9. Analyze the effects of political, social and economic policies on public health systems at the local, state, national and
international levels.
10. Analyze the impact of global trends and interdependencies on public health related problems and systems.
Evolution of Public Health Understanding, or,
“how did ‘we’ get here?
 ISBN 0801846455
 A History of Public Health
George Rosen
expanded edition
1993, 632 pp.
 Johns Hopkins University Press
Miasma versus Germ Theory:
The origin of scientific public health
• John Snow and the Cholera epidemic in
• (1849 – 1854).
“Snow was a skeptic of the then-dominant miasma theory that
stated held that diseases such as cholera or the Black Death
were caused by pollution or a noxious form of "bad air". The
germ theory was not widely accepted at this time, so he was
unaware of the mechanism by which the disease was
transmitted, but evidence led him to believe that it was not due
to breathing foul air.
He first publicized his theory in an essay On the Mode of
Communication of Cholera in 1849. In 1855 a second edition was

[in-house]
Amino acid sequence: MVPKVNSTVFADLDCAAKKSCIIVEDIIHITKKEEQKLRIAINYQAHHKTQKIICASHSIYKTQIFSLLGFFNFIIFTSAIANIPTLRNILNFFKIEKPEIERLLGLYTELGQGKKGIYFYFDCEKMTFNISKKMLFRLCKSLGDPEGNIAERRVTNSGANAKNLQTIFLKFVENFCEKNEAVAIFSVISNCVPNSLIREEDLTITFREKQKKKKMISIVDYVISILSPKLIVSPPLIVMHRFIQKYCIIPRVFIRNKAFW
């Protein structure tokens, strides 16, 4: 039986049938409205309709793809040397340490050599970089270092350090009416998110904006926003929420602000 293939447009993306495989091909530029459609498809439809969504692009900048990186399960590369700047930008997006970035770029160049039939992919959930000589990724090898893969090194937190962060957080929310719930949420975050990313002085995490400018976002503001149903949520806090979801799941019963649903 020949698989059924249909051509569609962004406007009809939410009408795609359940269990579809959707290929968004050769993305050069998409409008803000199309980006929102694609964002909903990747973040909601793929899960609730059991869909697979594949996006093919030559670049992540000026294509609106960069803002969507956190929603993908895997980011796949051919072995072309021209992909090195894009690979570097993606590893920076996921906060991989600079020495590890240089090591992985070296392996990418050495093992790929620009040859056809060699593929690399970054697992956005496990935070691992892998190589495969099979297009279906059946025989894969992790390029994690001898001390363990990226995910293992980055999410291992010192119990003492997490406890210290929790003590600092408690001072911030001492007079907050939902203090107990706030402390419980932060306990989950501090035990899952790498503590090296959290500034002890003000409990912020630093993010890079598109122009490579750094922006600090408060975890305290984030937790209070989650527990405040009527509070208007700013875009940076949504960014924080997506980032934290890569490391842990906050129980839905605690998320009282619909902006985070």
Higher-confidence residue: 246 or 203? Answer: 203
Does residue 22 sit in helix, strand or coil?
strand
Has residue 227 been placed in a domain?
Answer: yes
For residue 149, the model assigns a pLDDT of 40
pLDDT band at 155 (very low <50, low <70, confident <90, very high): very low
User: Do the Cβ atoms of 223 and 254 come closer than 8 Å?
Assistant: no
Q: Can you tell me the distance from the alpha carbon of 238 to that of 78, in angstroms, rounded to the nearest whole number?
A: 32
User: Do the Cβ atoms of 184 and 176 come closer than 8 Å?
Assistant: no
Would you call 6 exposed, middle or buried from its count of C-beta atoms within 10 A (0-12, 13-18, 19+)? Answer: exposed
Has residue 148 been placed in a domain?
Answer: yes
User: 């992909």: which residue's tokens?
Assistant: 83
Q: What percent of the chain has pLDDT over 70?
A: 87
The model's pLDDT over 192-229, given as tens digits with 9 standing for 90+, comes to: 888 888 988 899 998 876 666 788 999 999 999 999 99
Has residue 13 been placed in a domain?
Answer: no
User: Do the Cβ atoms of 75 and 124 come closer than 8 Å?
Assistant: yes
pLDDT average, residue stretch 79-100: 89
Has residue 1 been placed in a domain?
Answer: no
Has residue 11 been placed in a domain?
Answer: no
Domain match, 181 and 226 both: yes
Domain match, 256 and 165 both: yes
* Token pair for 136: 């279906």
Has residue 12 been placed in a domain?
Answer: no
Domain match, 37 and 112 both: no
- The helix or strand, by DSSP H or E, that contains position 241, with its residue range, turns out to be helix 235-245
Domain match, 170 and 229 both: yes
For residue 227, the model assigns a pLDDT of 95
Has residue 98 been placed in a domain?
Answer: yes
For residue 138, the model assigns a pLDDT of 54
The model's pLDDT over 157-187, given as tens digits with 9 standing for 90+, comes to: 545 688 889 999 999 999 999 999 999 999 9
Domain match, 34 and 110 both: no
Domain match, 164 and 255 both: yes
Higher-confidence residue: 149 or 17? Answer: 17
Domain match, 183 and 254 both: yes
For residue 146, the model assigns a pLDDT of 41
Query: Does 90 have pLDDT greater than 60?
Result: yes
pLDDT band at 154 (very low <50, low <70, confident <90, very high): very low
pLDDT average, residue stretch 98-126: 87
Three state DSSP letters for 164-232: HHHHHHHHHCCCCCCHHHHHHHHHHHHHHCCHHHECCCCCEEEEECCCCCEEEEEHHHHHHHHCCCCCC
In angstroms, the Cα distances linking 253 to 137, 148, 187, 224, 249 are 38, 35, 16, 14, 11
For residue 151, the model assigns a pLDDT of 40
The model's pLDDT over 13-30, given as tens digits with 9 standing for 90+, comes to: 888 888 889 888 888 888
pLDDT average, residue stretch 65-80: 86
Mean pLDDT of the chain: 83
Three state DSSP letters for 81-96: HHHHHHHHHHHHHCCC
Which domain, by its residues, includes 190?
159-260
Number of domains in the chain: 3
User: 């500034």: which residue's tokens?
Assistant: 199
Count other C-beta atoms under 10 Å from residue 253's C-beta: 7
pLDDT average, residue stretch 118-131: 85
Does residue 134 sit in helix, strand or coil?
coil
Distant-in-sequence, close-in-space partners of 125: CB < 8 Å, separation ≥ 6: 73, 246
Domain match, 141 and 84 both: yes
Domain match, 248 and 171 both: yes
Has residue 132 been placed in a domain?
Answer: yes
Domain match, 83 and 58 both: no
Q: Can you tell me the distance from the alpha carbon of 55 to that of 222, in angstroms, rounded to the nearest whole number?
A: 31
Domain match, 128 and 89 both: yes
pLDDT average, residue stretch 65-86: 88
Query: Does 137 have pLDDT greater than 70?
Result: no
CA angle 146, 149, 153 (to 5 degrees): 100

published, with a much more elaborate investigation of the
effect of the water-supply in the Soho, London epidemic of
Austin Bradford Hill (1897-1991)
What do you see as your legacy to the world of epidemiology?
RICHARD DOLL Sir Austin Bradford Hill has largely been forgotten about
nowadays because he is dead. But he was my boss and my teacher, and
the methods and techniques we developed together in order to find out
why lung cancer was increasing so dramatically are still used to this day.
Bradford Hill later codified these into what he termed “nine guidelines”,
(often wrongly referred to as “criteria”) which are universally accepted
now. They are cited in courts of law.
I wrote an article about three years ago on proof of causality – proof that
something is actually a cause of a disease – which made use of
what I'd learnt from Bradford Hill, and which is now used as a reference
point for epidemiologists. And of course our report that established
smoking as an important cause of lung cancer
was very important. That was the first serious epidemiological study ever
done into cancer, at a time when there were probably no more than a
dozen of us working on this issue worldwide. Looking back with the
benefit of more than 50 years' hindsight, I can honestly say that we did a
good job.
Hill’s Guidelines
• The cause must precede the disease…
– Snow’s work on drinking water contamination and
cholera in London
• Occupational exposures
– E.g. Asbestos mining and mesothelioma
Asbestos fibers
• “The dose makes the poison”
– Ionizing radiation?
– “Hormesis (from Greek hormæin,
meaning “to excite”) is the term for
generally-favorable biological responses
to low exposures to toxins and other
stressors. A pollutant or toxin showing
hormesis thus has the opposite effect in
small doses than in large doses.”
• Observable health
effects of risk factors
should cut across
populations and